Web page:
U.S. policy needed to stabilize housing

  • Updated: July 9, 2011 - 8:27 PM

Two major banks are modifying loans but adding to uncertainty.

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Two banking giants are finally making a meaningful move -- easing terms on some high-risk mortgages -- to help revive a national housing market flattened by foolhardy home loans and the reckless poker game Wall Street played with mortgage-backed securities.

But quickly put to rest any illusion that this is an industry acting with purely noble intentions.

The big banks -- JPMorgan Chase and Bank of America -- are moving belatedly and in self-interest. They've discovered that their bottom lines will benefit more by proactively modifying some high-risk loans than by letting the properties go into foreclosure.

More disturbingly, the big banks are making up their own set of rules for loan modification in the absence of rational public policy clearly delineating which homeowners get help and which do not.

The federal government moved rapidly to provide a trillion-dollar bailout to a financial industry done in by its own excesses. That it has not put the same priority on setting and enforcing rules to assist struggling homeowners and stabilize the housing market is an outrage.

Chase and Bank of America hold on their books the toxic loans made by two infamous lenders they acquired: Washington Mutual and Countrywide Financial. As recently as April, Bank of America CEO Brian T. Moynihan said that reducing loan principal was out of the question, lest it send the wrong message to those struggling to pay their bills (never mind the message about socialized risk and privatized profits sent by the taxpayer bailout to Wall Street cowboys).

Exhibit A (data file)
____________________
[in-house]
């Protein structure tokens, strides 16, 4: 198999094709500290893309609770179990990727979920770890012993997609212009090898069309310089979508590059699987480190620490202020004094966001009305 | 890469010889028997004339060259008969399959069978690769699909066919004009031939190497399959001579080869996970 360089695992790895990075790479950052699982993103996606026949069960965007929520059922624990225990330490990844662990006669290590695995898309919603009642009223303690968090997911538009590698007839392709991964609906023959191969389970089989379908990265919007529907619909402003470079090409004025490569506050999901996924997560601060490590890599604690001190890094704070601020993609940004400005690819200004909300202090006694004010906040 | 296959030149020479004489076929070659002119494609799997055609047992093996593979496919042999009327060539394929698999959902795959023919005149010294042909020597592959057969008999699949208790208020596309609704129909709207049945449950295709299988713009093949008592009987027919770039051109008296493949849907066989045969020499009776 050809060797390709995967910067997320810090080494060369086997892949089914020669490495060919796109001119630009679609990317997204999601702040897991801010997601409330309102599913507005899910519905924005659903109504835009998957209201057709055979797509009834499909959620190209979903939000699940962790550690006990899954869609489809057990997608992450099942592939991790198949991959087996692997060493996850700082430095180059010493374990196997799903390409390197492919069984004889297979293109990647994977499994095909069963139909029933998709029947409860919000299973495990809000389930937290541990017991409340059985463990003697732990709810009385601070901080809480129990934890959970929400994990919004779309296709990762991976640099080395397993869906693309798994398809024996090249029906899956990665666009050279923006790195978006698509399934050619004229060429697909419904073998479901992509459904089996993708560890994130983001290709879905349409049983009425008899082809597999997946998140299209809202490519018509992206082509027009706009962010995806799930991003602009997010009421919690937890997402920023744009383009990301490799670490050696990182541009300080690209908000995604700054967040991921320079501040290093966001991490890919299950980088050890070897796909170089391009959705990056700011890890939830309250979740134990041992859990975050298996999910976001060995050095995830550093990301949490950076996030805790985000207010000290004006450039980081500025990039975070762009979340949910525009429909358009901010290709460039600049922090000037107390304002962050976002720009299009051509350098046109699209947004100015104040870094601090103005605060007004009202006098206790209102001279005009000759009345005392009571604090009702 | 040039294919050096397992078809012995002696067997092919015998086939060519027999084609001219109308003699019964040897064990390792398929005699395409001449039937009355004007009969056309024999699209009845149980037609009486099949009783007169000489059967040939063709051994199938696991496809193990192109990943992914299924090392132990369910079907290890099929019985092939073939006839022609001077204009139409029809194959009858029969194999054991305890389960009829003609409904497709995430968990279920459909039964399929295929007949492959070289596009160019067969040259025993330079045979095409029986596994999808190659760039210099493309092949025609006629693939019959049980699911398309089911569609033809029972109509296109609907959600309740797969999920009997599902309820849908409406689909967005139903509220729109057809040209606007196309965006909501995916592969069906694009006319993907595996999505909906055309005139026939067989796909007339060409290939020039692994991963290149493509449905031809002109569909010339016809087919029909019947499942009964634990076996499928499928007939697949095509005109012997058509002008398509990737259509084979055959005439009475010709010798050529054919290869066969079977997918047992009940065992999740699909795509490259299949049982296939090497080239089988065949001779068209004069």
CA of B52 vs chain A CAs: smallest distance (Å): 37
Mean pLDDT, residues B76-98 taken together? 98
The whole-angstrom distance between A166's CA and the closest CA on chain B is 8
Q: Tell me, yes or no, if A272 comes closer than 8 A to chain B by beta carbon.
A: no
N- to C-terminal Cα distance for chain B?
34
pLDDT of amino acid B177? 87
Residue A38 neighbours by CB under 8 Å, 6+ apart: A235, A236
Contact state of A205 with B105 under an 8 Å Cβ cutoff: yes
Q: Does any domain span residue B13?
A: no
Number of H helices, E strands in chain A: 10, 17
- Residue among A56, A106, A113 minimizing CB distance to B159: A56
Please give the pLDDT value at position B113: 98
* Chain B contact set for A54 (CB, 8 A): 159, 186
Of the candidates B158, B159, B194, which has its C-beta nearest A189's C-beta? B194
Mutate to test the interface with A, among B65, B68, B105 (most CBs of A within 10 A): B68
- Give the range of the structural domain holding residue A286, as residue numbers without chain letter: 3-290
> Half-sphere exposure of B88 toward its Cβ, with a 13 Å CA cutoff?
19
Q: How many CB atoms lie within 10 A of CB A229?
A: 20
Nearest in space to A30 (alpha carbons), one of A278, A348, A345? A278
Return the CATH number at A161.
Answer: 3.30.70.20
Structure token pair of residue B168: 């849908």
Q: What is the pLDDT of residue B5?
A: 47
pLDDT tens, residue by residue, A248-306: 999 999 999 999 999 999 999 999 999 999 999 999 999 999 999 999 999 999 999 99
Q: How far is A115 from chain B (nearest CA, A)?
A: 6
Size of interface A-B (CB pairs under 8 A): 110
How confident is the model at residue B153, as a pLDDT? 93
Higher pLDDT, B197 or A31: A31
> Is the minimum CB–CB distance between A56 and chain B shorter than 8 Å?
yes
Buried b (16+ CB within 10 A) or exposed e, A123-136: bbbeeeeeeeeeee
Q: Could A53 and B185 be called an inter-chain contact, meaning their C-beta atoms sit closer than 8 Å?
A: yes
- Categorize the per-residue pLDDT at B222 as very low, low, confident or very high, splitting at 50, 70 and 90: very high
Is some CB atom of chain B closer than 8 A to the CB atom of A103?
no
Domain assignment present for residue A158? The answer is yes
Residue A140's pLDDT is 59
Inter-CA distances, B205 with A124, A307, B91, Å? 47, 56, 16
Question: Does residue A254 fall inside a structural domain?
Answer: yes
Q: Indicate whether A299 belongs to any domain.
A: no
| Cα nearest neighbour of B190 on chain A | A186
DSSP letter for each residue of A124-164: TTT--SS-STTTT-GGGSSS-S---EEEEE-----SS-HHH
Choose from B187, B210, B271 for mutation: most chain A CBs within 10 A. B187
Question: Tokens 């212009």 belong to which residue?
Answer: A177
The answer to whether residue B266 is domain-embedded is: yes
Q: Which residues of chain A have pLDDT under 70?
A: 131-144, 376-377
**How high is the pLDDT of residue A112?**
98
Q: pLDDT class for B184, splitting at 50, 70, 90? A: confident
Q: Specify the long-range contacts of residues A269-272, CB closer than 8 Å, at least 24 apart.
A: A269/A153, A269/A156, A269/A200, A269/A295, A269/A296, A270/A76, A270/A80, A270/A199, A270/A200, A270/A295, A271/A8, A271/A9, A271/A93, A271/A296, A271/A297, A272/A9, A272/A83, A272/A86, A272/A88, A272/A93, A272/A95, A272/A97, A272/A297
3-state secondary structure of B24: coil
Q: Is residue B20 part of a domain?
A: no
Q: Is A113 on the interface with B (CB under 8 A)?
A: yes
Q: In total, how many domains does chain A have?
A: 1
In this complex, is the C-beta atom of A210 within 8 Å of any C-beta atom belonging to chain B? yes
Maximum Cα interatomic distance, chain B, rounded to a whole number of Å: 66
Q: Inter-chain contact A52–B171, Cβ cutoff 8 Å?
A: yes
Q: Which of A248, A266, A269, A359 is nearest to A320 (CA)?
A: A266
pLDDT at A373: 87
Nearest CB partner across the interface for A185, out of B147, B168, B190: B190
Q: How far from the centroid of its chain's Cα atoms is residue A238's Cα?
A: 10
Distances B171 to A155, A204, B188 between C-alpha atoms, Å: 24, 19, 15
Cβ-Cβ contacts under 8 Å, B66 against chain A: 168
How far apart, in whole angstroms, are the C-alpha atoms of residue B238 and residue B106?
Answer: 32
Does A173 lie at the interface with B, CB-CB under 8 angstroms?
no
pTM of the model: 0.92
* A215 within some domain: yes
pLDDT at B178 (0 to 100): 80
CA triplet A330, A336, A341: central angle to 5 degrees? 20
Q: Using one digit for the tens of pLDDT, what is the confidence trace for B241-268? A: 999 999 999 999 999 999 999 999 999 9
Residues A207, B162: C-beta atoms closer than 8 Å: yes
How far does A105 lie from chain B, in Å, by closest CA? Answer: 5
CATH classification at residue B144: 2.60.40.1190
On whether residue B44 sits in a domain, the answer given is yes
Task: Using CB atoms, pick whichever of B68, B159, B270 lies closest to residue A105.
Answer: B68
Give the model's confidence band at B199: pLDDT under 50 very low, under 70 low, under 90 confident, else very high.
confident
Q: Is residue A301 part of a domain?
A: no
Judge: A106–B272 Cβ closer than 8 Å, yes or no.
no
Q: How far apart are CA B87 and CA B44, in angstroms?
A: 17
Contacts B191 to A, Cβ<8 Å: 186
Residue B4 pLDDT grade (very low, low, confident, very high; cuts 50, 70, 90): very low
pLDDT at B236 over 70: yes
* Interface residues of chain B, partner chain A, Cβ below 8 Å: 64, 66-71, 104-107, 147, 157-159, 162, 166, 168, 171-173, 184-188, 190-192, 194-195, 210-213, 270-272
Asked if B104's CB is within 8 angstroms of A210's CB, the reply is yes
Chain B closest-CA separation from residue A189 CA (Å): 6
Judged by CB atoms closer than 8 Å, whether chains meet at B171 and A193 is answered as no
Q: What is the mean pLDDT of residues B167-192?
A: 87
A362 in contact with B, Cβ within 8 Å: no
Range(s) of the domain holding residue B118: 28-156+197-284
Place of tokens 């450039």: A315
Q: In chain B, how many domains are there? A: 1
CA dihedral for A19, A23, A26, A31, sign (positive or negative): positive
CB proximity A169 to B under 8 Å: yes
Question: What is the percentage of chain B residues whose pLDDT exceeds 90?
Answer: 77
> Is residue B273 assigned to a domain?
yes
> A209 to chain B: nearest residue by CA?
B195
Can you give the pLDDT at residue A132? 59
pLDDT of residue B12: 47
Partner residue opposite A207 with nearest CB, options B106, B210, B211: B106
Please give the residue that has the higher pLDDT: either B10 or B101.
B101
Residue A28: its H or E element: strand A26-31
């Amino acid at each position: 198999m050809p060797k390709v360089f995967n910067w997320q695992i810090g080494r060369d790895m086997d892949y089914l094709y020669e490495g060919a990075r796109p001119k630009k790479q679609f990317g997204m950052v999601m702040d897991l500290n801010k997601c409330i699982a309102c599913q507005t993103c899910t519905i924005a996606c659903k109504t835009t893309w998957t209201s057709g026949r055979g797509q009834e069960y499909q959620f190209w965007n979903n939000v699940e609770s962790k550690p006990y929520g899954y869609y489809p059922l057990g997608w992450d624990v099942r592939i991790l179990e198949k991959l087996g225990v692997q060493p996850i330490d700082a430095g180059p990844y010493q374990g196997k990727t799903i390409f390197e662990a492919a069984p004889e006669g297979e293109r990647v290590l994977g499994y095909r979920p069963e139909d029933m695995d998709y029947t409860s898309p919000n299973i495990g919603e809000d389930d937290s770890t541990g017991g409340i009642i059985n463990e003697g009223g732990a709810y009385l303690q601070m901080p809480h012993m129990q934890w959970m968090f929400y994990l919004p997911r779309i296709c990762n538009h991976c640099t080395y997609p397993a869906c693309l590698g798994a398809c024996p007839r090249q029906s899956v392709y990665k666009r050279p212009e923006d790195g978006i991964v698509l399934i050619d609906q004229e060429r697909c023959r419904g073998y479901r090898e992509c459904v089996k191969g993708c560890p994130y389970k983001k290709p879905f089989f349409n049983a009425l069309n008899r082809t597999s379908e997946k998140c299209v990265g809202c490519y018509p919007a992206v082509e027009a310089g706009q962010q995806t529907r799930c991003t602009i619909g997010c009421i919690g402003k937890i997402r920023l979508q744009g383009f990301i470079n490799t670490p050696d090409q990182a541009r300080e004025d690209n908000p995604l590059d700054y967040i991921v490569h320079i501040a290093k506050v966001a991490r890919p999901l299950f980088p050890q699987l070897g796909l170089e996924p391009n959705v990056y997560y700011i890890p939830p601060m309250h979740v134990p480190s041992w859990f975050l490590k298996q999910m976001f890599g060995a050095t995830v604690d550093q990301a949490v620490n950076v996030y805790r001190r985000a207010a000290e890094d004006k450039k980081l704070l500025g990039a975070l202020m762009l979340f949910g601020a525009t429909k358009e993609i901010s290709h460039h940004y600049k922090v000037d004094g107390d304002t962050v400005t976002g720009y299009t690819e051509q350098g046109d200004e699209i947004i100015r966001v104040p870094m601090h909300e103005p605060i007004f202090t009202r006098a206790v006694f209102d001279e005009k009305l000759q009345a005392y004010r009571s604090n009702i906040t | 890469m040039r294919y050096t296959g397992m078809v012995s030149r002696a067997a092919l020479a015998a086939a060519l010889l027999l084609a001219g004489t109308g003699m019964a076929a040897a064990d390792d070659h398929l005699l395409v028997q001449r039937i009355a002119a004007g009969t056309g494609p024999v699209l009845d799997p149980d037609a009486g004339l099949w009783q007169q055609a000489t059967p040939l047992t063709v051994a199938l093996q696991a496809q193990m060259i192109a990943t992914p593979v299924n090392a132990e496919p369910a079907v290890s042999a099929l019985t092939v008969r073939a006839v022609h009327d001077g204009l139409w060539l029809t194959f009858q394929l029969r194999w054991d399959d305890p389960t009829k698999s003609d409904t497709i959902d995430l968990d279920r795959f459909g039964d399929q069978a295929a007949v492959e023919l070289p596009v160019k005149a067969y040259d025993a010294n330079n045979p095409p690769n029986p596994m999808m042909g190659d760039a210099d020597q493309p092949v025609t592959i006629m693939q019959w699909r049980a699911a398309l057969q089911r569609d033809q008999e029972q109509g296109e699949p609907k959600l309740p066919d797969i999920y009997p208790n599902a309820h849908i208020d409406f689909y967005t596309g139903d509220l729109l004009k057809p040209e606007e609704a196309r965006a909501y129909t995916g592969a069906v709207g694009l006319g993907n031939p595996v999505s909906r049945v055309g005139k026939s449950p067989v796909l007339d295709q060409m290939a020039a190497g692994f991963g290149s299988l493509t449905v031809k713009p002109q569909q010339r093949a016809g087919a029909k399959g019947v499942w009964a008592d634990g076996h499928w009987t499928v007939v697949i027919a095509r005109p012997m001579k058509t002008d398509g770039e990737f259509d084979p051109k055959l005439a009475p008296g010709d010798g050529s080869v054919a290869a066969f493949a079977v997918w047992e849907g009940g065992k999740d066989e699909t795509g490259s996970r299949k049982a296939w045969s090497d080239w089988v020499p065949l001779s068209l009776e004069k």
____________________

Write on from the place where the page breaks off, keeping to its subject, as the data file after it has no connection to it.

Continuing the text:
But on July 2, the New York Times reported that the two banks have quietly begun modifying a type of loan called the Option ARM, also known as the "Nightmare Mortgage." This odious product allowed homeowners to put off paying principal and some of the interest for up to several years, but plummeting housing prices left many owing far more than their properties were worth when the options expired.

According to the Times, some Option ARM borrowers are now getting letters out of the blue offering to overhaul their loans. Miami real-estate investor Rula Giosmas had the principal reduced on her condo loan by half, even though she wasn't behind on payments.

Borrowers in Minnesota are getting similar offers. Their reaction: "Is this for real?"

It's good that banks are figuring out that they're better off being proactive with loan modifications rather than waiting for default. That will help cure the vicious cycle of foreclosures that drives everyone's home values down, causing more foreclosures.

The trouble is that the process for deciding who gets a modification is still mysterious, arbitrary and inequitable. Why do homeowners whose loans ended with one bank get a write-down while others don't? Why does real-estate investor Giosmas get her principal halved while families about to lose their homes get no help?

The move by the two banks "is better than nothing, but it adds to the chaos and uncertainty," said Prentiss Cox, a nationally known foreclosure expert with the University of Minnesota Law School.

A consistent, transparent loan modification formula would quickly separate the lost causes from those who can afford to stay in their homes with some help. That approach would reduce the backlog of distressed properties and speed the housing market's recovery.

Policymakers need to make this a priority -- not leave such a critical issue to the industry that brought us the housing crisis in the first place.

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  • FRANKEN'S VIEW

    "It's encouraging to see banks assisting some homeowners with risky mortgages, but there are still far too many Minnesotans who owe more on their homes than they are worth, and they simply can't get help. It's clear we need to address the problem on a larger scale so that Minnesotans at risk of foreclosure have some place to turn to help them stay in their homes."

    Sen. AL FRANKEN, D-Minn., a cosponsor of legislation that would strengthen consumer protections for borrowers seeking loan modifications.

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